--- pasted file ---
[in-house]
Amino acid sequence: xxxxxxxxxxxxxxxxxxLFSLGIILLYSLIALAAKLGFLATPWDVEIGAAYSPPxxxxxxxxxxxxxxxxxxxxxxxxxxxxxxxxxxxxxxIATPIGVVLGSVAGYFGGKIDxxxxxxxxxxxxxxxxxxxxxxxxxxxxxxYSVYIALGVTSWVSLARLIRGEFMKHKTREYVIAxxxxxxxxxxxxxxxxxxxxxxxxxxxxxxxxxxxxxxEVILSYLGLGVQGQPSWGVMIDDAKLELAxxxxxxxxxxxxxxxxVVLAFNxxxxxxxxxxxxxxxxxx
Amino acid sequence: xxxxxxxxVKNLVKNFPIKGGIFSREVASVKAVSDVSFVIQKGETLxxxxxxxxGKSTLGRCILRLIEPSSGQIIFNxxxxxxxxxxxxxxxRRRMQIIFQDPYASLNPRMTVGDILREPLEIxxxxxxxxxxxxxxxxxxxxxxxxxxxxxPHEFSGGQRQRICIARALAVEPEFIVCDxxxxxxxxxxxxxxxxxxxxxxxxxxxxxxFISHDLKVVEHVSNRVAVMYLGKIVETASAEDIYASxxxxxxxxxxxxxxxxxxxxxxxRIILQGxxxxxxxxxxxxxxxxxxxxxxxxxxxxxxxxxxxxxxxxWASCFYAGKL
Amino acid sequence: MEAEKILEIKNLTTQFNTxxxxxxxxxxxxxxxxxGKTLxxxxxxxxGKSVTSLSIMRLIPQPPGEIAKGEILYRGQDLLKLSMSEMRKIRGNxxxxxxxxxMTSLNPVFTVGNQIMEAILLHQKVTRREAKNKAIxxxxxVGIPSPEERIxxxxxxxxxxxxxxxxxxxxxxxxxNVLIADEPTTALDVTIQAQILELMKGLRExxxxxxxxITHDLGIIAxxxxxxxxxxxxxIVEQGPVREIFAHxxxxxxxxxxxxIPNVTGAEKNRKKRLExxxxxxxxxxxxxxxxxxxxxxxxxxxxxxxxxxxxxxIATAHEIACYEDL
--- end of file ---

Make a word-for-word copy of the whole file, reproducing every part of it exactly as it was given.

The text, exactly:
[in-house]
Amino acid sequence: xxxxxxxxxxxxxxxxxxLFSLGIILLYSLIALAAKLGFLATPWDVEIGAAYSPPxxxxxxxxxxxxxxxxxxxxxxxxxxxxxxxxxxxxxxIATPIGVVLGSVAGYFGGKIDxxxxxxxxxxxxxxxxxxxxxxxxxxxxxxYSVYIALGVTSWVSLARLIRGEFMKHKTREYVIAxxxxxxxxxxxxxxxxxxxxxxxxxxxxxxxxxxxxxxEVILSYLGLGVQGQPSWGVMIDDAKLELAxxxxxxxxxxxxxxxxVVLAFNxxxxxxxxxxxxxxxxxx
Amino acid sequence: xxxxxxxxVKNLVKNFPIKGGIFSREVASVKAVSDVSFVIQKGETLxxxxxxxxGKSTLGRCILRLIEPSSGQIIFNxxxxxxxxxxxxxxxRRRMQIIFQDPYASLNPRMTVGDILREPLEIxxxxxxxxxxxxxxxxxxxxxxxxxxxxxPHEFSGGQRQRICIARALAVEPEFIVCDxxxxxxxxxxxxxxxxxxxxxxxxxxxxxxFISHDLKVVEHVSNRVAVMYLGKIVETASAEDIYASxxxxxxxxxxxxxxxxxxxxxxxRIILQGxxxxxxxxxxxxxxxxxxxxxxxxxxxxxxxxxxxxxxxxWASCFYAGKL
Amino acid sequence: MEAEKILEIKNLTTQFNTxxxxxxxxxxxxxxxxxGKTLxxxxxxxxGKSVTSLSIMRLIPQPPGEIAKGEILYRGQDLLKLSMSEMRKIRGNxxxxxxxxxMTSLNPVFTVGNQIMEAILLHQKVTRREAKNKAIxxxxxVGIPSPEERIxxxxxxxxxxxxxxxxxxxxxxxxxNVLIADEPTTALDVTIQAQILELMKGLRExxxxxxxxITHDLGIIAxxxxxxxxxxxxxIVEQGPVREIFAHxxxxxxxxxxxxIPNVTGAEKNRKKRLExxxxxxxxxxxxxxxxxxxxxxxxxxxxxxxxxxxxxxIATAHEIACYEDL